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Ria Lagartos Biosphere Reserve, Mexico

Located in the eastern end of the Yucatan peninsula, Mexico, the Ría Lagartos Biosphere Reserve encompasses fundamental wetlands, recognized by the Ramsar Convention. It features a variety of mangroves, small estuaries, coastal lagoons, marshes and savannah that are home to a variety of species, and serve as nesting sites for some of them. In the past decade, the Biosphere Reserve has managed to stabilize the number of various endangered species.

Designation date: 2004


Regional network:  Red de Comités y Reservas de Biosfera de Iberoamérica y el Caribe (IberoMAB) 

Ecosystem-based network:




    Surface : 60,348 ha

    • Core area(s): 23,685 ha
    • Buffer zone(s): 36,666 ha
    • Transition zone(s): 166,77.3 ha
      • Terrestrial: 134,478 ha
      • Marine: 32,294.2 ha

    Location: 21° 31’ 02’’ N; 87° 49’ 38’’W

    Administrative Authorities

    Francisco Ricardo Gómez Lozano

    Director Regional Península de Yucatán y Caribe Mexicano (Comisión Nacional de Áreas Naturales Protegidas)
    Calle Venado Supermanzana 20 manzana 18 lote 2 número 73.
    Código postal 77500, Cancún, Quintana Roo. Benito Juárez.

    Tel.: +52  (998) 8872711 Ext. 18901.


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    Ecological Characteristics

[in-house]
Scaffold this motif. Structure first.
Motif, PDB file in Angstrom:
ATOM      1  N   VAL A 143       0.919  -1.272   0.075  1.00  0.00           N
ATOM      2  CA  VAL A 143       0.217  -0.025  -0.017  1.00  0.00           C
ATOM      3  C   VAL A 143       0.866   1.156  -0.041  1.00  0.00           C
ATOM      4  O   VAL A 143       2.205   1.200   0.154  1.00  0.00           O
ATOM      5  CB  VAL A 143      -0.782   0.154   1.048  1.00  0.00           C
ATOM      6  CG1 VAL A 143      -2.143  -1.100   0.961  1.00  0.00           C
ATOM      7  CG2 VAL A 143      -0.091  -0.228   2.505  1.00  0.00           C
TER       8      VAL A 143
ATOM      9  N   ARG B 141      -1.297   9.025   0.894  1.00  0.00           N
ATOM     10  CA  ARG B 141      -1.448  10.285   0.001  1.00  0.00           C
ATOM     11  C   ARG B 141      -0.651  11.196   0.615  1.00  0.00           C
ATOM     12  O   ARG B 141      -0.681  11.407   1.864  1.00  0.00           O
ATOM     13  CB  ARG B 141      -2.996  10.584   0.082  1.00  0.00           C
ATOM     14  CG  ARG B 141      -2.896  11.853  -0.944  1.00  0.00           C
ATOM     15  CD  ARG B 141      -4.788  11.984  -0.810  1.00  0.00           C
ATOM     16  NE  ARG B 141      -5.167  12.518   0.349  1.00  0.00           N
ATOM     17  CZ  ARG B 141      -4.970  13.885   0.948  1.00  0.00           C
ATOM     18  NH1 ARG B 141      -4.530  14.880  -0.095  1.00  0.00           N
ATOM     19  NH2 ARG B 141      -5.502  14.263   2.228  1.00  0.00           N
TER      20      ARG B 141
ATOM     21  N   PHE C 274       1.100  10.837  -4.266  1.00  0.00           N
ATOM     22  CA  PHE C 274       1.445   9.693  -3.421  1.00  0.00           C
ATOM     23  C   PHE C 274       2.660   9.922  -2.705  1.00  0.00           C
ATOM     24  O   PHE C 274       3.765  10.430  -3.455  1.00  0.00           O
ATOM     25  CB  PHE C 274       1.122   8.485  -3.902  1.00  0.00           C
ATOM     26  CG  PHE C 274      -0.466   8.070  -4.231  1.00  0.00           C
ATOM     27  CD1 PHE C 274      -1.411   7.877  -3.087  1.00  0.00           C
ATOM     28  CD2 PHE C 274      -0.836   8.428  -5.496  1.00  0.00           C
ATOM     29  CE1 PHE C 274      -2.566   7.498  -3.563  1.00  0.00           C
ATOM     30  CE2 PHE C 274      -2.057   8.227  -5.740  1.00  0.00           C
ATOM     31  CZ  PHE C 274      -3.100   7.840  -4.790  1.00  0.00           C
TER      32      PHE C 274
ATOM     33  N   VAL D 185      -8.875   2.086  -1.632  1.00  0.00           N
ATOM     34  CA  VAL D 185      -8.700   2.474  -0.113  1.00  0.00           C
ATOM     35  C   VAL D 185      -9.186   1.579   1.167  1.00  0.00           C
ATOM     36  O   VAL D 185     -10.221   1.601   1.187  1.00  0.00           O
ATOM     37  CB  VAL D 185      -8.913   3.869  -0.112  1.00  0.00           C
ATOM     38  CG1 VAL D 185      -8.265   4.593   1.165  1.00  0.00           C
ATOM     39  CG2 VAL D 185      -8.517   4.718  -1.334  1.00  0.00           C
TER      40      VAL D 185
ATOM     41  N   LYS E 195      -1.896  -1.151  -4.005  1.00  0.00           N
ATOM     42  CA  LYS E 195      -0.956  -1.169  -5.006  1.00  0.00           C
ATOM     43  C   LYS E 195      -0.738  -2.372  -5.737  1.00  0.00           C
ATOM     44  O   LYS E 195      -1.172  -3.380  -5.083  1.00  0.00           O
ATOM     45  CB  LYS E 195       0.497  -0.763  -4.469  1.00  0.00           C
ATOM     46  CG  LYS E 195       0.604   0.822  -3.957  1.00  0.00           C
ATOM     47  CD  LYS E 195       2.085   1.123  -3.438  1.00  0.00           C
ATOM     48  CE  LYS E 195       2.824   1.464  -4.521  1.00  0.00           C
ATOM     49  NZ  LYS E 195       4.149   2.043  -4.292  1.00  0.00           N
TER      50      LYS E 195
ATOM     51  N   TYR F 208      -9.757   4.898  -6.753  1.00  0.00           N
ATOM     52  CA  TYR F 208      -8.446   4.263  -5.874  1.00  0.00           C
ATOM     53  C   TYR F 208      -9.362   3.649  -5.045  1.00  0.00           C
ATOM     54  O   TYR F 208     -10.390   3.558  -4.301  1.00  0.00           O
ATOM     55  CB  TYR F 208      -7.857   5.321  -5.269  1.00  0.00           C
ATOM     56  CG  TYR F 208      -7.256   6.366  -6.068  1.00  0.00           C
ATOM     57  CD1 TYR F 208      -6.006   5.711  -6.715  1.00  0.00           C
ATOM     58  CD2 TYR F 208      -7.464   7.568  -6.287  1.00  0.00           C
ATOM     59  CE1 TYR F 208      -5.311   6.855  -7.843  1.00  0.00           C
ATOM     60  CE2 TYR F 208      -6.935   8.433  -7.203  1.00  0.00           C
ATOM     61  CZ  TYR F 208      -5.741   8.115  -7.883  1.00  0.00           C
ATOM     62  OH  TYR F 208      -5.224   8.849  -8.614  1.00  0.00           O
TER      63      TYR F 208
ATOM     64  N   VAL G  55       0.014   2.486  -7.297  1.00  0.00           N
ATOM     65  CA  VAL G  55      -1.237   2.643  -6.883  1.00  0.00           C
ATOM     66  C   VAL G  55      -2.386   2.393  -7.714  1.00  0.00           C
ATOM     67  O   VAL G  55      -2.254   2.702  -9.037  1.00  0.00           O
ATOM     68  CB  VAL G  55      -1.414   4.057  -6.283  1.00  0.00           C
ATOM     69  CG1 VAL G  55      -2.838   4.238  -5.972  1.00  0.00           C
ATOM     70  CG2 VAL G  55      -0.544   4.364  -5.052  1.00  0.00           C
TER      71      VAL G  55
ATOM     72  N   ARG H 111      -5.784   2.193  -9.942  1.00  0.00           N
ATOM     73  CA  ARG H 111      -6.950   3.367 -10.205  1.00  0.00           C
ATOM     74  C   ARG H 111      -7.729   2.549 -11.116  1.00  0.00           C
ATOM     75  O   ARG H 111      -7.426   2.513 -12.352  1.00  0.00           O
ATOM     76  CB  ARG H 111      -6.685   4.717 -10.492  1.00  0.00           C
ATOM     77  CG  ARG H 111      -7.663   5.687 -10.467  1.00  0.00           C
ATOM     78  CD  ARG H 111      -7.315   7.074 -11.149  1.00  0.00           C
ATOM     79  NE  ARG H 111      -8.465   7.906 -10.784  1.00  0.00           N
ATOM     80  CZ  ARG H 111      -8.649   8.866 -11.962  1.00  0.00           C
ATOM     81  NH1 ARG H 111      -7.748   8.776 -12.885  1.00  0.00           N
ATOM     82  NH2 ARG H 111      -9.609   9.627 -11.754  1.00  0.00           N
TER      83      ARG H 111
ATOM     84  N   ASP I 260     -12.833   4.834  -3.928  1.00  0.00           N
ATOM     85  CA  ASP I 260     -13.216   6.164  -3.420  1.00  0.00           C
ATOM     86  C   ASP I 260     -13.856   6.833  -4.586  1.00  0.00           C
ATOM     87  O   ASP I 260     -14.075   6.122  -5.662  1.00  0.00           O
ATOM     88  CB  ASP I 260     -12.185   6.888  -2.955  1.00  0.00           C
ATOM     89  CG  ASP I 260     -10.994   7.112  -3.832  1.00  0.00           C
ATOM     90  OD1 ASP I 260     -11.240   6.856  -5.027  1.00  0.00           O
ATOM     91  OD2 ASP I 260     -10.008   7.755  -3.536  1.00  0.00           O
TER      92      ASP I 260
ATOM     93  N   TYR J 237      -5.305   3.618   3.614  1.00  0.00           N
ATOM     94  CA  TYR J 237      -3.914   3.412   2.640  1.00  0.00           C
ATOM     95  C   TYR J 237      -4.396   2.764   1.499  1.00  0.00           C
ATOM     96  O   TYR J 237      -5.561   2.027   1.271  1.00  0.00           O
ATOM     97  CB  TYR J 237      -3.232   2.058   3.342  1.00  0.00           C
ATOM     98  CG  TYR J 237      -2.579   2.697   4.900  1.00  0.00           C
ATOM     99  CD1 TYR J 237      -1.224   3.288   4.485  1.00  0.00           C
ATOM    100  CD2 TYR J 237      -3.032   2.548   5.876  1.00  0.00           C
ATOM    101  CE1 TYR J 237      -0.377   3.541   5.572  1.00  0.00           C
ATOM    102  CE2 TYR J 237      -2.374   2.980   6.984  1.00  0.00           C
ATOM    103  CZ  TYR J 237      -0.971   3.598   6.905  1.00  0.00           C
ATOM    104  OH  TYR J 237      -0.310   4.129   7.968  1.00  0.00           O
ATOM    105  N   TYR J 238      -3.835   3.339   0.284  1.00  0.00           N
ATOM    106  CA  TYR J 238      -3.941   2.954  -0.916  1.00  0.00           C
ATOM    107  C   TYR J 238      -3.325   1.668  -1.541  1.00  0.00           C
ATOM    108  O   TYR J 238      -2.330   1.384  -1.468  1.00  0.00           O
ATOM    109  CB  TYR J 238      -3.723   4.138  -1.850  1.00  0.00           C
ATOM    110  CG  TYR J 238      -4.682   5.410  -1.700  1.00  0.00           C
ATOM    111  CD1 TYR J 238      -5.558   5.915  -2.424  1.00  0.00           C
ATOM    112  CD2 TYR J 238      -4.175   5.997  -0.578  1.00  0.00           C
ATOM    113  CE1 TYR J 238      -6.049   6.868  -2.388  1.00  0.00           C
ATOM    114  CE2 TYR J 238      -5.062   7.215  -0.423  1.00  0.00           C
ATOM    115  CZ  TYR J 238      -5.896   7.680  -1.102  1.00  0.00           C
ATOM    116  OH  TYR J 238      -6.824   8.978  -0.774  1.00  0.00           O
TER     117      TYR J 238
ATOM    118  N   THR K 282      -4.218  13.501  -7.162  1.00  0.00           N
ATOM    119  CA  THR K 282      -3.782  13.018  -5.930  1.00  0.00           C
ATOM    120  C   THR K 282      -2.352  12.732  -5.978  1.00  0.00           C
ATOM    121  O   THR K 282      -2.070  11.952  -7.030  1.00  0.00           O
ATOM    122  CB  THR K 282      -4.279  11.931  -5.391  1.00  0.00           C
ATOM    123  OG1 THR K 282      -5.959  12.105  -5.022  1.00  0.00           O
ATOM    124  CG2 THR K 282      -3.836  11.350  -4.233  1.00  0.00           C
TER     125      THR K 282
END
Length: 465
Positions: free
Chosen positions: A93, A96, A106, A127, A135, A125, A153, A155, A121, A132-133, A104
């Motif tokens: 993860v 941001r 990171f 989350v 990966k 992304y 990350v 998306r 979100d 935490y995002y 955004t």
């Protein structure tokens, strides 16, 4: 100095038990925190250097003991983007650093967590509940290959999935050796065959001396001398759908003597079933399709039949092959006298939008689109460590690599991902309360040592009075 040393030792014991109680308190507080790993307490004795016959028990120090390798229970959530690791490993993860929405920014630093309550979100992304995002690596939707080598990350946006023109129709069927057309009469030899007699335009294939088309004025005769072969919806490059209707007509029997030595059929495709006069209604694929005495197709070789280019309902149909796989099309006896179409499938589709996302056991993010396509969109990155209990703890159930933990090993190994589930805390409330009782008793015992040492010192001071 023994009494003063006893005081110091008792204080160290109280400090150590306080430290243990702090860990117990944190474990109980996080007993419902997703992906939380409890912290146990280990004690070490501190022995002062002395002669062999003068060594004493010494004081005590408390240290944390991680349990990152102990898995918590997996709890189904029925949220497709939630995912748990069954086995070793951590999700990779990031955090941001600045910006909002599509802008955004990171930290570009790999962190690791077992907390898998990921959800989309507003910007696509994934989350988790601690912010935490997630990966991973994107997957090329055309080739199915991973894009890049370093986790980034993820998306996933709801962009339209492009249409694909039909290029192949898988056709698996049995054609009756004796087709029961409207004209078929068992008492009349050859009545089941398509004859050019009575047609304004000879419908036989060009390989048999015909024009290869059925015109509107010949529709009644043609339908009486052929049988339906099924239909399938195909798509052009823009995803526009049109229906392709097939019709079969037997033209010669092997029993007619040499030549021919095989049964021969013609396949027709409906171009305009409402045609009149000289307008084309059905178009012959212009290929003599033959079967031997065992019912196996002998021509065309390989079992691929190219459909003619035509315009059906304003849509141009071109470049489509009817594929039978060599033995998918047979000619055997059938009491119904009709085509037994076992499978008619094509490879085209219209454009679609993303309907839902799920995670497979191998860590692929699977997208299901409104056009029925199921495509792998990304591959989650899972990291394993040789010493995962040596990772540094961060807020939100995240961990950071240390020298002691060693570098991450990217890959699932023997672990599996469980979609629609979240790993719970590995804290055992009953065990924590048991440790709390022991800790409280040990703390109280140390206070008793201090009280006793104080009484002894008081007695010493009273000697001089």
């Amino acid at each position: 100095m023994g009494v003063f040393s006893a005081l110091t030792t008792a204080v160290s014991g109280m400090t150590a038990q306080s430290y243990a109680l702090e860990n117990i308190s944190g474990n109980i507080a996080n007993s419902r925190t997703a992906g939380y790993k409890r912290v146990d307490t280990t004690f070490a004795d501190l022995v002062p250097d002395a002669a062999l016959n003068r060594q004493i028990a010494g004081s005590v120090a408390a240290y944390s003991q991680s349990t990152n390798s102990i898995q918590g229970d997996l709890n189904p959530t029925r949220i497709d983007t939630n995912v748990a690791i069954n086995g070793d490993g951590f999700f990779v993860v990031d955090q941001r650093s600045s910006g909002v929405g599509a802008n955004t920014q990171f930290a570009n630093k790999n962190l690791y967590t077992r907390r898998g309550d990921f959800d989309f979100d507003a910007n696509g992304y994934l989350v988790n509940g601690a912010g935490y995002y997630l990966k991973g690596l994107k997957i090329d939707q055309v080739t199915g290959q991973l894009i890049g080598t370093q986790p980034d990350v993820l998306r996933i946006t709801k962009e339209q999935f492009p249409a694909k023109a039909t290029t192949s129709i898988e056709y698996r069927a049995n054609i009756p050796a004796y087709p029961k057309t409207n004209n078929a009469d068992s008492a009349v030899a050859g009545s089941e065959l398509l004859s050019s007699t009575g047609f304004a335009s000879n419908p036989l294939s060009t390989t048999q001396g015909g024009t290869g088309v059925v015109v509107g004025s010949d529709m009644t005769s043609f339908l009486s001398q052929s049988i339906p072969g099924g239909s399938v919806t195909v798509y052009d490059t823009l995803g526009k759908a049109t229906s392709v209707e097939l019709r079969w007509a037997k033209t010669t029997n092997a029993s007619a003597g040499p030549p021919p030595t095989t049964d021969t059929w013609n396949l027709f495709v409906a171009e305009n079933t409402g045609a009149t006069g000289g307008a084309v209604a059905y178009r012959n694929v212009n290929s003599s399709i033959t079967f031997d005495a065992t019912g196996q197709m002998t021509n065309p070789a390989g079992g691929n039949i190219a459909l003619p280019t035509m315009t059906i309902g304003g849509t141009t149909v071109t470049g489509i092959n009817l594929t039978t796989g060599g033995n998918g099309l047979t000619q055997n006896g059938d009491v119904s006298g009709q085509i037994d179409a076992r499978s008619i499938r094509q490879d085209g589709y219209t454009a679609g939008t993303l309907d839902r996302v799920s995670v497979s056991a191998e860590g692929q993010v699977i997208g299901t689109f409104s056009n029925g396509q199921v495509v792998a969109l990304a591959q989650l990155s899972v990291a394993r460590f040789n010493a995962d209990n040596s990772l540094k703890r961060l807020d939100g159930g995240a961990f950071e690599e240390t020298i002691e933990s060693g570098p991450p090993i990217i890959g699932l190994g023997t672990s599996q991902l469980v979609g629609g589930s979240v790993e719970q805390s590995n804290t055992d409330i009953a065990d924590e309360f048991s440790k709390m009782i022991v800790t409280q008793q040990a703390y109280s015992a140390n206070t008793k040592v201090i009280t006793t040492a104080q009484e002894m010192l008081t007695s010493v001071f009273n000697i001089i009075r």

The area is fundamental for the conservation of a number of species. For instance, its marshes are the only nesting site for the Caribbean pink flamingo (Phoenicopterus ruber ruber) and an important nesting site for turtles like critically endangered Hawksbill sea turtle (Eretmochelys imbricate) and the green sea turtle (Chelonia mydas). In fact, the wetlands feature a substantial number of rare, vulnerable and endangered species, like the Rhyncholaelia digbyana.

    It is also an important resting place for migrating birds, like the black-necked stilt (Himantopus mexicanus), who spends the winters in the region.





    Socio-Economic Characteristics

    The area has long been an ecotourism destination, particularly related to the population of Caribbean flamingoes and sea turtle nesting. The last decade has seen a 300% increase in tourism services, including hotels, restaurants as well as handicraft production.

    On the other hand, it has traditional fishing and salt mining activities, which have been gradually adjusting to sustainable practices. It also has very limited agricultural activities, in which a pre-Hispanic technique called ‘milpa’, consisting of slash and burn, is still present. The ‘milpas’ produce mostly corn, beans, pumpkins and peppers.





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    Last updated: October 2018